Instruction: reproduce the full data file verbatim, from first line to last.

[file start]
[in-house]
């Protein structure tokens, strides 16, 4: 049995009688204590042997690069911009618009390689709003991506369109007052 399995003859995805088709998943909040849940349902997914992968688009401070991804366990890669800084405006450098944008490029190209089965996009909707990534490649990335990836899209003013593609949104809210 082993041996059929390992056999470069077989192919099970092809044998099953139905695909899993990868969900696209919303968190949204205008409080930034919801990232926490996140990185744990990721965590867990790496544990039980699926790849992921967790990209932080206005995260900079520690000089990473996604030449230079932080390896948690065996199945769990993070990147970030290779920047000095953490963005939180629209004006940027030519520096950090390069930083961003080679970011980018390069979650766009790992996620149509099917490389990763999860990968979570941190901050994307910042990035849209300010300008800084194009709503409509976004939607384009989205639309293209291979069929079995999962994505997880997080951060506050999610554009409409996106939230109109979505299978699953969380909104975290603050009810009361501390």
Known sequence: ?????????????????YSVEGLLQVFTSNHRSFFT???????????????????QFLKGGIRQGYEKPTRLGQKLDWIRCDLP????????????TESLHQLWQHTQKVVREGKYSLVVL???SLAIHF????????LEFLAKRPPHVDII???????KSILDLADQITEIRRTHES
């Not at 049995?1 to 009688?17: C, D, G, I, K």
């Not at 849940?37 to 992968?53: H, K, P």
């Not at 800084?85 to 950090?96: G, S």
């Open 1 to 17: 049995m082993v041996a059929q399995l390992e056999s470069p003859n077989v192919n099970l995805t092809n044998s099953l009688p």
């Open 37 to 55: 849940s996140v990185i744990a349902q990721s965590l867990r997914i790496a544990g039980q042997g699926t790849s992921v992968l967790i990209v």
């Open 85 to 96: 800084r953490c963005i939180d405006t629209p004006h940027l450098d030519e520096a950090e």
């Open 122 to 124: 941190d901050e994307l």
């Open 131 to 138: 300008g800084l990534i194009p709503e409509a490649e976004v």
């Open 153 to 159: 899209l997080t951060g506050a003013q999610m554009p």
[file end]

[in-house]
């Protein structure tokens, strides 16, 4: 049995009688204590042997690069911009618009390689709003991506369109007052 399995003859995805088709998943909040849940349902997914992968688009401070991804366990890669800084405006450098944008490029190209089965996009909707990534490649990335990836899209003013593609949104809210 082993041996059929390992056999470069077989192919099970092809044998099953139905695909899993990868969900696209919303968190949204205008409080930034919801990232926490996140990185744990990721965590867990790496544990039980699926790849992921967790990209932080206005995260900079520690000089990473996604030449230079932080390896948690065996199945769990993070990147970030290779920047000095953490963005939180629209004006940027030519520096950090390069930083961003080679970011980018390069979650766009790992996620149509099917490389990763999860990968979570941190901050994307910042990035849209300010300008800084194009709503409509976004939607384009989205639309293209291979069929079995999962994505997880997080951060506050999610554009409409996106939230109109979505299978699953969380909104975290603050009810009361501390």
Known sequence: ?????????????????YSVEGLLQVFTSNHRSFFT???????????????????QFLKGGIRQGYEKPTRLGQKLDWIRCDLP????????????TESLHQLWQHTQKVVREGKYSLVVL???SLAIHF????????LEFLAKRPPHVDII???????KSILDLADQITEIRRTHES
């Not at 049995?1 to 009688?17: C, D, G, I, K």
């Not at 849940?37 to 992968?53: H, K, P």
């Not at 800084?85 to 950090?96: G, S």
């Open 1 to 17: 049995m082993v041996a059929q399995l390992e056999s470069p003859n077989v192919n099970l995805t092809n044998s099953l009688p």
């Open 37 to 55: 849940s996140v990185i744990a349902q990721s965590l867990r997914i790496a544990g039980q042997g699926t790849s992921v992968l967790i990209v």
């Open 85 to 96: 800084r953490c963005i939180d405006t629209p004006h940027l450098d030519e520096a950090e």
């Open 122 to 124: 941190d901050e994307l």
């Open 131 to 138: 300008g800084l990534i194009p709503e409509a490649e976004v």
């Open 153 to 159: 899209l997080t951060g506050a003013q999610m554009p």